The U.S. Food and Drug Administration (FDA) has questioned the value of denosumab (Xgeva®) as an agent capable of delaying the onset of metastatic disease to bone in men with progressive, castration-resistant prostate cancer.
An FDA Advisory Committee will meet on Wednesday this week to discuss the application by Amgen for approval of denosumab as an agent that can be used to prevent the onset of boney metastasis. Earlier today, the FDA issued a detailed “briefing document” that asks tough questions about the value of denosumab in the proposed indication.
The executive summary of the briefing document makes the following key points:
- The application seeks approval of denosumab for the treatment of men with castrate-resistant prostate cancer at high risk of developing bone metastases, based on the results of a single, large, double-blind, randomized, placebo-controlled clinical trial.
- Patients enrolled into this trial were not required to have no evidence of disease (NED); patients with locally progressive disease were eligible, as were patients with metastases to any lymph node, and 55 percent of the patients enrolled in the trial had received no prior local treatment for prostate cancer.
- The FDA has previously advised Amgen that — although the overall design of this study was acceptable — “overall survival, patterns of metastases, and the development of symptomatic metastases” would be important review issues.
- To be eligible for entry into this trial (i.e., to be defined as being at high risk for development of bone metastasis), patients had to meet one or both of two criteria: a PSA level ≥ 8 ng/ml and/or a PSA doubling time ≤ 10 months.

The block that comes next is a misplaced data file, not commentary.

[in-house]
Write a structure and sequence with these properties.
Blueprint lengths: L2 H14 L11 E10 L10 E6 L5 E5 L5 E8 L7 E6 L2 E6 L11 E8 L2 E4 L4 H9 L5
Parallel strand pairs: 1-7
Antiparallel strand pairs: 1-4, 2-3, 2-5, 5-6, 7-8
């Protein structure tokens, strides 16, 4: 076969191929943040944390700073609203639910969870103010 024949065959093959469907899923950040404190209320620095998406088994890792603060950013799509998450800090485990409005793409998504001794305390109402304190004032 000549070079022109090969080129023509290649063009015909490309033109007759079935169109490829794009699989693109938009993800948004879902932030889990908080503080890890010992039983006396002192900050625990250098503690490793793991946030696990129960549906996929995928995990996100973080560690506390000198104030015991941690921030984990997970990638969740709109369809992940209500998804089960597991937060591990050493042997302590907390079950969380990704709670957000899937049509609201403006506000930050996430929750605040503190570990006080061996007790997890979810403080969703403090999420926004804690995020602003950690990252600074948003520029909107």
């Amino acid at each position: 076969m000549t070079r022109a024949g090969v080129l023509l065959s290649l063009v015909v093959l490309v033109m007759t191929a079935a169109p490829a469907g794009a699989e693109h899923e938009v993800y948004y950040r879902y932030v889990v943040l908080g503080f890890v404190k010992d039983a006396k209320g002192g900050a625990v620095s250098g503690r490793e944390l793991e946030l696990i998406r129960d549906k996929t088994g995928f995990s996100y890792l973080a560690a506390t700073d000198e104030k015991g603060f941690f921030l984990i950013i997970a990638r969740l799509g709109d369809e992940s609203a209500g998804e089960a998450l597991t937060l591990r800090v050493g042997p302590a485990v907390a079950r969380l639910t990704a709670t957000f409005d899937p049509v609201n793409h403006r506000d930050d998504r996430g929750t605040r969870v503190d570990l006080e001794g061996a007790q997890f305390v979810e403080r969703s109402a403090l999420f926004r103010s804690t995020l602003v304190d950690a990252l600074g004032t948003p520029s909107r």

- Final analysis of the study data showed that
- The median time to bone metastasis-free survival (BMFS) was 29.5 months for men in the denosumab arm and 25.2 months for men in the the placebo arm (hazard ratio [HR] = 0.85).
- The median time to first bone metastasis was 33.2 months for men in the denosumab arm and 29.5 months for men in the placebo arm (HR = 0.84).
- Median overall survival was 43.9 months for men in the denosumab arm and 44.8 months for men in the placebo arm (HR = 1.01).
- Treatment with denosumab did not result in an improvement in either overall survival or progression-free survival.
- Most patients in the trial were not followed until they experienced their first symptomatic metastasis.
- The overall incidence of osteonecrosis of the jaw (ONJ) in the denosumab-treated men was about 5 percent per patient, which is higher than the incidence of ONJ observed in trials supporting the approved indication of denosumab (for prevention of skeletal-related events in patients with solid tumors metastatic to bone).
There are clearly serious questions about whether denosumab should or should not be approved for this proposed indication. It is for exactly this reason that the FDA holds advisory committee meetings — to allow the independent advisory board members to hear directly from both the sponsor of the proposed drug use (Amgen in this case) and the FDA’s own reviewers of the data. The independent advisory committees sometimes agree with the company and recommend approval, and sometimes they agree with the FDA’s in-house reviewers and recommend non-approval. The final FDA decision most commonly does, in fact, follow the recommendations of its advisory committees under such circumstances (although there have been well known exceptions to this).
The “New” Prostate Cancer InfoLink suspects that in this case, the advisory committee is not going to recommend approval of denosumab for this indication. If the time to BMFS had been more like 36 months in the denosumab arm of the trial (a really clinically significant difference), or there had been fewer occurrences of ONJ, or there had been any strong suggestion that early use of denosumab really did lead to an overall survival benefit, the outcome would be much more likely to have led to an approval of denosumab for this indication … but one never knows what might happen at these meetings. A single member of the advisory group can sometimes sway the panel, or the panel may feel that the FDA is over-emphasizing the risks associated with the use of this product. We’ll just have to wait and see what happens on Wednesday.